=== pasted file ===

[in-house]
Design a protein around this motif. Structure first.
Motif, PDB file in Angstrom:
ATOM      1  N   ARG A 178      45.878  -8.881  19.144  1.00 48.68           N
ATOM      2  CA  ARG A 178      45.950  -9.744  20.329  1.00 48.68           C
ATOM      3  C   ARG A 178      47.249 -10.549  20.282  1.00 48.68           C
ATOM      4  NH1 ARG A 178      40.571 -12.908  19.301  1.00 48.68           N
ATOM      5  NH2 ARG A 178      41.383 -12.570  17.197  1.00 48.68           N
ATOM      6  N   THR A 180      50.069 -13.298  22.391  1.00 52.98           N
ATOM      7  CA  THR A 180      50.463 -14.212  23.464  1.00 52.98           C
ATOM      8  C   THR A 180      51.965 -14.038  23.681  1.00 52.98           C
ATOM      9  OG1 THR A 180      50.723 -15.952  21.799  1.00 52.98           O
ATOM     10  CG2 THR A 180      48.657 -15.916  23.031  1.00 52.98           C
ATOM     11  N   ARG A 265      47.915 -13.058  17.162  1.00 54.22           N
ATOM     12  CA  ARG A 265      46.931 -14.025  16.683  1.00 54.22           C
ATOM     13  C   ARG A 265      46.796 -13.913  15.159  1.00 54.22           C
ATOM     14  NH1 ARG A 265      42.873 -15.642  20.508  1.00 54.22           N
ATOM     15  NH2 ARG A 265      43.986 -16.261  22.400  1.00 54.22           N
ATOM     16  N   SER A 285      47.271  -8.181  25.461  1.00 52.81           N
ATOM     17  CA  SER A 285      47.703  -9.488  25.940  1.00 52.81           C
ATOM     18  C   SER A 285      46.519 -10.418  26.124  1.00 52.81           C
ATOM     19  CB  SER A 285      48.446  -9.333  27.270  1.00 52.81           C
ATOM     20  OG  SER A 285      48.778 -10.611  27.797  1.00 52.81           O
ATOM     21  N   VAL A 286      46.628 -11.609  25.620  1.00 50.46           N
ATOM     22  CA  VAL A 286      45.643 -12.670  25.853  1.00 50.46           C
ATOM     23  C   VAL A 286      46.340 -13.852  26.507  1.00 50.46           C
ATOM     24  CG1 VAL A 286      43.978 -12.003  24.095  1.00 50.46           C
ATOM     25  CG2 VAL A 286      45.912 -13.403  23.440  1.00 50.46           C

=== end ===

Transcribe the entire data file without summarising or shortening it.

[in-house]
Design a protein around this motif. Structure first.
Motif, PDB file in Angstrom:
ATOM      1  N   ARG A 178      45.878  -8.881  19.144  1.00 48.68           N
ATOM      2  CA  ARG A 178      45.950  -9.744  20.329  1.00 48.68           C
ATOM      3  C   ARG A 178      47.249 -10.549  20.282  1.00 48.68           C
ATOM      4  NH1 ARG A 178      40.571 -12.908  19.301  1.00 48.68           N
ATOM      5  NH2 ARG A 178      41.383 -12.570  17.197  1.00 48.68           N
ATOM      6  N   THR A 180      50.069 -13.298  22.391  1.00 52.98           N
ATOM      7  CA  THR A 180      50.463 -14.212  23.464  1.00 52.98           C
ATOM      8  C   THR A 180      51.965 -14.038  23.681  1.00 52.98           C
ATOM      9  OG1 THR A 180      50.723 -15.952  21.799  1.00 52.98           O
ATOM     10  CG2 THR A 180      48.657 -15.916  23.031  1.00 52.98           C
ATOM     11  N   ARG A 265      47.915 -13.058  17.162  1.00 54.22           N
ATOM     12  CA  ARG A 265      46.931 -14.025  16.683  1.00 54.22           C
ATOM     13  C   ARG A 265      46.796 -13.913  15.159  1.00 54.22           C
ATOM     14  NH1 ARG A 265      42.873 -15.642  20.508  1.00 54.22           N
ATOM     15  NH2 ARG A 265      43.986 -16.261  22.400  1.00 54.22           N
ATOM     16  N   SER A 285      47.271  -8.181  25.461  1.00 52.81           N
ATOM     17  CA  SER A 285      47.703  -9.488  25.940  1.00 52.81           C
ATOM     18  C   SER A 285      46.519 -10.418  26.124  1.00 52.81           C
ATOM     19  CB  SER A 285      48.446  -9.333  27.270  1.00 52.81           C
ATOM     20  OG  SER A 285      48.778 -10.611  27.797  1.00 52.81           O
ATOM     21  N   VAL A 286      46.628 -11.609  25.620  1.00 50.46           N
ATOM     22  CA  VAL A 286      45.643 -12.670  25.853  1.00 50.46           C
ATOM     23  C   VAL A 286      46.340 -13.852  26.507  1.00 50.46           C
ATOM     24  CG1 VAL A 286      43.978 -12.003  24.095  1.00 50.46           C
ATOM     25  CG2 VAL A 286      45.912 -13.403  23.440  1.00 50.46           C